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Do people leave a company because of their manager and stay because of best friends?
Home » Do people leave a company because of their manager and stay because of best friends?
Published: 27th February 2021
This Article was Written by: Nik Moore - Success This Way
There are so many reasons why people leave a job. For a lot, however, it’s because their managers didn’t show that they cared enough.
As an example of this, I was recently in a training session with about 15 people and my trainer asked the audience why people in the room left their last job. I was surprised to see that about half said it was to get away from their line manager or boss. Such was the breakdown in the relationship that, for many in the room, they told stories of how they had simply wanted to get away from the stress involved in working for such a person.
Then, back in January this year, when I was interviewing a senior director of a company we work with, I heard him say a well-known phrase (“You leave your job because of your manager”) but then he said something else that personally I’d never heard before.
“You leave your job because of your manager…and stay because of best friends.”
It got me thinking. Should we be encouraging friendships at work?
From my experience though, I don’t think I’ve ever heard anyone ever be so explicit about setting such a corporate objective as to encourage people at work to make friends. In fact, I’ve hear the phrase “You go to work not to make friends”? a few times over the years.
For me, this sweeping statement is just an example of a display rule.
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Display Rules are those unwritten rules that come out in everyday language and if they are relied upon, and deemed to be set-in-stone, then this can be dangerous territory, especially for the recipient being told to adhere to the display rule in question.
- Boys shouldn’t cry
- Men should be tough
- Employees shouldn’t take problems to their manager, only solutions
- Don’t listen to others. Listen only to your gut.
- …the list goes on.
…so, let’s look at a couple of these and view them from an alternative angle.
If boys shouldn’t cry then what happens when they feel really down and need someone to be compassionate with them? To listen to them, understand them. To validate how they are feeling? If boys shouldn’t cry then think about the potential installation of negative, limiting beliefs this could create in a young person. Limiting beliefs that might even affect their entire outlook for the rest of their life.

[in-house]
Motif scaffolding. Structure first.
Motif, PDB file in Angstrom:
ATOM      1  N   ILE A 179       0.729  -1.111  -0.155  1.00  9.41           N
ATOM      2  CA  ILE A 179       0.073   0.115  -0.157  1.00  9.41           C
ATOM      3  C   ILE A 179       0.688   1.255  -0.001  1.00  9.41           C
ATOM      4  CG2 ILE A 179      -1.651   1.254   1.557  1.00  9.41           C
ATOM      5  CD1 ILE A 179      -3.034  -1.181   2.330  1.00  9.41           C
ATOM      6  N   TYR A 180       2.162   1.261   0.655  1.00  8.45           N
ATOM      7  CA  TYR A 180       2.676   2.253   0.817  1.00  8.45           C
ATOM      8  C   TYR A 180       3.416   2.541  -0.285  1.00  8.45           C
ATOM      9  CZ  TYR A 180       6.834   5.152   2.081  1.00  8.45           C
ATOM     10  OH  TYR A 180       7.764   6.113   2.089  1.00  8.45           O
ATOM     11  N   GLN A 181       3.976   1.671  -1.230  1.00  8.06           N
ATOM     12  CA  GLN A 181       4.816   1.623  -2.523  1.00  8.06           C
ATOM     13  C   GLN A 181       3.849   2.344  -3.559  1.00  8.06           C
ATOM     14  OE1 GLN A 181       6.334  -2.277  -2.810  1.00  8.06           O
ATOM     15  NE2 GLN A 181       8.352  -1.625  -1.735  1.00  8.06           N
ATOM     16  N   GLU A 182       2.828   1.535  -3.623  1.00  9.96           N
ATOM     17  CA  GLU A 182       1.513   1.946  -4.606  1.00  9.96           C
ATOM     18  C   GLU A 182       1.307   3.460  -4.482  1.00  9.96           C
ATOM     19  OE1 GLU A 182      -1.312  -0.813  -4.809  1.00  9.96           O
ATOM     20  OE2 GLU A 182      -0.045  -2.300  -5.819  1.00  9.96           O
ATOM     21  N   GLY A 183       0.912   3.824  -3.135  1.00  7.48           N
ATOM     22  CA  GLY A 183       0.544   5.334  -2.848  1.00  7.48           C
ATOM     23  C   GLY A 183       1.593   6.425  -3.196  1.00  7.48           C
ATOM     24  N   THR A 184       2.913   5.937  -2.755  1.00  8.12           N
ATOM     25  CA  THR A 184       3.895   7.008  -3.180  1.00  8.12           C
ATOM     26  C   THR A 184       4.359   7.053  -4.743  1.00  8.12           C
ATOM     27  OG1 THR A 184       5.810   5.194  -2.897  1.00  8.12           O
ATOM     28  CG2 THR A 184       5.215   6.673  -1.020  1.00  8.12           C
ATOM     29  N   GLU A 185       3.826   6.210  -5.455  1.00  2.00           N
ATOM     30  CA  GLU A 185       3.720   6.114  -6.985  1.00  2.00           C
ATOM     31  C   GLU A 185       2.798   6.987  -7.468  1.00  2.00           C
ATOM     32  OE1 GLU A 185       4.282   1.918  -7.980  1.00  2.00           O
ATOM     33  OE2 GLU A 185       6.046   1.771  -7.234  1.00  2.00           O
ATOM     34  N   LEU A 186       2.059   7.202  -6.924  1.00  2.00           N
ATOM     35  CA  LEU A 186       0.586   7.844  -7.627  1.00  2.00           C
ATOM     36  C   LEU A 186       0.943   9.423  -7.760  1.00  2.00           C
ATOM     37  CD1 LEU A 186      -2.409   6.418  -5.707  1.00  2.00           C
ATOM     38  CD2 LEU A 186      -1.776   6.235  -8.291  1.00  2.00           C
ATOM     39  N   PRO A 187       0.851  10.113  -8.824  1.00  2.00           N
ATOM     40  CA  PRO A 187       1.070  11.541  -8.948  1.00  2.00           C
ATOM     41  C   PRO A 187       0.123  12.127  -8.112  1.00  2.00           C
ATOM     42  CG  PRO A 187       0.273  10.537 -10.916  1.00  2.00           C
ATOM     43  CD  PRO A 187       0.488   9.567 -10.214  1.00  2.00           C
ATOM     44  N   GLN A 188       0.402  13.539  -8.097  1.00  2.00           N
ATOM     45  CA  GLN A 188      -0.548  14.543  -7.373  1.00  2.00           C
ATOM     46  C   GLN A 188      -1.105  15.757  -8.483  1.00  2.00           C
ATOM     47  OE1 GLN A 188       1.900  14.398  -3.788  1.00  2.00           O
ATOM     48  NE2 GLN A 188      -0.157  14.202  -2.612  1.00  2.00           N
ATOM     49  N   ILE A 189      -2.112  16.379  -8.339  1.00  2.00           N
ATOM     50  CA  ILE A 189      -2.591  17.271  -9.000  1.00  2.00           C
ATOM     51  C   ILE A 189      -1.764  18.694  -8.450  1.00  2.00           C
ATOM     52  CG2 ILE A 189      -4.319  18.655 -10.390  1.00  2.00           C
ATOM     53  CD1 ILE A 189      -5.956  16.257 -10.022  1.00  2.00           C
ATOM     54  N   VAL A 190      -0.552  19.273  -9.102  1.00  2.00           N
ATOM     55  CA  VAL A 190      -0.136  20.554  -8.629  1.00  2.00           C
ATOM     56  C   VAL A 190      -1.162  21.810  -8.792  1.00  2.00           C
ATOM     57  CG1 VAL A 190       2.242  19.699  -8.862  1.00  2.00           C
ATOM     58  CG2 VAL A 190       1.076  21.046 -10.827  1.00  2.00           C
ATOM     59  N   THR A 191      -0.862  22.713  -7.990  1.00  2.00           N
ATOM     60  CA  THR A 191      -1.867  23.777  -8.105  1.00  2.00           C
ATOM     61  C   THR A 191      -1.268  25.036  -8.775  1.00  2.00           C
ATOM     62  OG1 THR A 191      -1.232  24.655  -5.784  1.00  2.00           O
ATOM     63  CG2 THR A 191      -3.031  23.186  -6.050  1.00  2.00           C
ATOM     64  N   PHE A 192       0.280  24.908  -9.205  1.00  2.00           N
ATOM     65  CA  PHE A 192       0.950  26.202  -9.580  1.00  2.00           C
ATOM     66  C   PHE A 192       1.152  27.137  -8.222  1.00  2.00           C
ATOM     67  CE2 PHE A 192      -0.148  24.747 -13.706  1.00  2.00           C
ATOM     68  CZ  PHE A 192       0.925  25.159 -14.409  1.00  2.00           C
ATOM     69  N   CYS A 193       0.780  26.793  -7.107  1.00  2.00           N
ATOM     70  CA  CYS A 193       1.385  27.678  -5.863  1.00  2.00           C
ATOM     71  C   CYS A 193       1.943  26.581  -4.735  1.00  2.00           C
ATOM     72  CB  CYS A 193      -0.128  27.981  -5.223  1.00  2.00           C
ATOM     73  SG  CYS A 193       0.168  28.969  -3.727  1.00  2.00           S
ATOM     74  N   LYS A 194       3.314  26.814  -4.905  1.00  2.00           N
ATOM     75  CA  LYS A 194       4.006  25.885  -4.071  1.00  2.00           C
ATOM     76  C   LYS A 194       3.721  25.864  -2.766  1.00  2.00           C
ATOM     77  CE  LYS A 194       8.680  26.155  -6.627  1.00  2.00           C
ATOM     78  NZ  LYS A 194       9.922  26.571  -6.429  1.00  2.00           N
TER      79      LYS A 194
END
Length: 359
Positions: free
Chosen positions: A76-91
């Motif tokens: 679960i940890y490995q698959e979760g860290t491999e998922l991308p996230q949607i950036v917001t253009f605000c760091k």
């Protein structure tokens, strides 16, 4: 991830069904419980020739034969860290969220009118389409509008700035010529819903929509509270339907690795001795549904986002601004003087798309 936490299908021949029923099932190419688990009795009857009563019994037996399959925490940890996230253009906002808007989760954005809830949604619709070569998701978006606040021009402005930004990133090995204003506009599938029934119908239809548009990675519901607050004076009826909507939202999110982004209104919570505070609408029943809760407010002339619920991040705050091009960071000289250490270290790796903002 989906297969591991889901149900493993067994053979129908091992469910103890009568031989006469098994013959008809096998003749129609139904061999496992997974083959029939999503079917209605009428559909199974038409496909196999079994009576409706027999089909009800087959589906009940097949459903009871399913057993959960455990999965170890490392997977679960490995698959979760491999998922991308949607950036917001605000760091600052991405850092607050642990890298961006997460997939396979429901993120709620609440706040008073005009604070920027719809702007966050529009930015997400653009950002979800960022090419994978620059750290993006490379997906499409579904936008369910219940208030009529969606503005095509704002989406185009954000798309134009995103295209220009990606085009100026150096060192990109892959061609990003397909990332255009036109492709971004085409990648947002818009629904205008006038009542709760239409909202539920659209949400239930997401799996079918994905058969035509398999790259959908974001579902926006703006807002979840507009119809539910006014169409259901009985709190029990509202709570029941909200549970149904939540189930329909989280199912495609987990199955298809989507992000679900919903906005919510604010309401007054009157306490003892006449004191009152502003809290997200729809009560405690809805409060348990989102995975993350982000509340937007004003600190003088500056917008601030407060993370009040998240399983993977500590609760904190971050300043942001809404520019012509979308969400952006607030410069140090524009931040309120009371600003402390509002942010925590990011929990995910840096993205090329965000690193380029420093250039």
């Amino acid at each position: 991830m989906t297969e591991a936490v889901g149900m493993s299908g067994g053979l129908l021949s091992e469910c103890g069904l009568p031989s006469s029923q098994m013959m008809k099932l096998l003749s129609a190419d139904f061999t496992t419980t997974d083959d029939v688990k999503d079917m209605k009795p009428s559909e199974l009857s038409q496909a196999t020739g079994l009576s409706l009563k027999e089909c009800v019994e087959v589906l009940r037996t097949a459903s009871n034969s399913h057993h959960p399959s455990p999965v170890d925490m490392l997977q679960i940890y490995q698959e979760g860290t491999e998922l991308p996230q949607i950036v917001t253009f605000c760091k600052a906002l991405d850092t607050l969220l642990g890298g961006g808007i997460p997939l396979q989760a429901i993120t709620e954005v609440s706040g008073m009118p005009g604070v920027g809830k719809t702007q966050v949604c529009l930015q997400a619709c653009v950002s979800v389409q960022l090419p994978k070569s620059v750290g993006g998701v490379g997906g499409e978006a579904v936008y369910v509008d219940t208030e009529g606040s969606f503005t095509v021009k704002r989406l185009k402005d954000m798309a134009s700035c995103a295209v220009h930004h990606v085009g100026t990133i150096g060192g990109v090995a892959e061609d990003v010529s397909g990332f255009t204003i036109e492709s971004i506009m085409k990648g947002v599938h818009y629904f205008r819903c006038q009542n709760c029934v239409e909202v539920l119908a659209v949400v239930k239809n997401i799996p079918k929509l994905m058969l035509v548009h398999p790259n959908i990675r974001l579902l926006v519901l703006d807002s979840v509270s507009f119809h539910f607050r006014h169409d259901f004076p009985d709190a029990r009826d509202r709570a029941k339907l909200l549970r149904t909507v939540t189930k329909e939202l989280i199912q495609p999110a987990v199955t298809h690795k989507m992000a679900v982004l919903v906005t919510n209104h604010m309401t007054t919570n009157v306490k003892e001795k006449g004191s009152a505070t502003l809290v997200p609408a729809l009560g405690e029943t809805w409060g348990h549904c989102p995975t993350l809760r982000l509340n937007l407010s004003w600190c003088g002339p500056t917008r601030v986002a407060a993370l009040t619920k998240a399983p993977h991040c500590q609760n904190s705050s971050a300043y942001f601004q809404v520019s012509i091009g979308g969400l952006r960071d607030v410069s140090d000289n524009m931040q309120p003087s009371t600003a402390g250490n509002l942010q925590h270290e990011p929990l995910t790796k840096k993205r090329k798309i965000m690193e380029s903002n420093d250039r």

Don’t listen to others. Listen only to your gut. According to who? What then about feedback? We grow as human beings when we learn through feedback. What happens if your gut is wrong? Your gut reaction forms over time-based upon how you deal with any given repetitive scenario or situation and, in many cases, yes, the gut is to be relied upon, but not always. What happens if the way you have dealt with such situations in the past could have been handled better?
Employees shouldn’t take problems to their managers, only solutions
What about the employee who is lacking the confidence or skills to deal with a challenge? Should they just get on with it? What would this do to their sense of confidence over time especially if they felt that they shouldn’t take a problem to their manager? How about if, instead, they were encouraged to ask for advice and then their boss coached them to discover the answer for themself? Wouldn’t that mean that over time they would learn new skills and ways of dealing with challenges? Of course, it would and it does in my experience.
So, the saying, “You go to work not to make friends” which implies it isn’t healthy to encourage friendships at work, is, I feel, just another case of a display rule in action.
Are display rules always wrong to use?
I feel personally that the positive intention of some display rules can be useful in certain contexts, but I think, for me, that it’s the use of the language that I find worst about display rules. A lot of them are based on imperatives. They command. They instruct.
Take “Boys shouldn’t cry” again.
The intention behind this is to say that, at times, perhaps a boy is being too sensitive and getting himself worked up over something (that might be) relatively benign. The intention of the display rule is honourable. But the language is not supportive.
How about rephrasing it by asking the boy “How about we break the problem down……..now that you can see it in a different light, is it as much of a problem as you first thought? Do you feel that it might be better for you to not get so upset about it?”
By simply rephrasing the display rule and getting the boy thinking about whether it is worth getting so upset over, his internal voice might talk to him and potentially reposition the problem and dilute its intensity.
Let’s look at friendship outside of work and identify the benefits
Think about your best ever party or social gathering. One where everyone was in such a great mood that everything was just flowing. Conversations, emotions, laughter, dialogue, shared ideas, jokes. Trust was being forged, relationships cemented, great memories were being created…can you remember how energised you felt the next day?
Now think about your dearest friend. Was there ever a time when your friendship was tested? What happened? Did your friendship survive? If so, could it have been thanks to the fact that true friends are more flexible with each other and more understanding of each other’s point of view?
Friendships = Profit
So whoever said that we shouldn’t try and get these things to happen in the workplace?
What proof exists to show that if we go to work to work and not to make friends that it provides more benefits than the alternative?
Not being friendly at work with each other reduces trust, breaks relationships, causes friction in dialogue and laughter, stops exploratory conversations and prevents people sharing their best ideas. How does that benefit any company?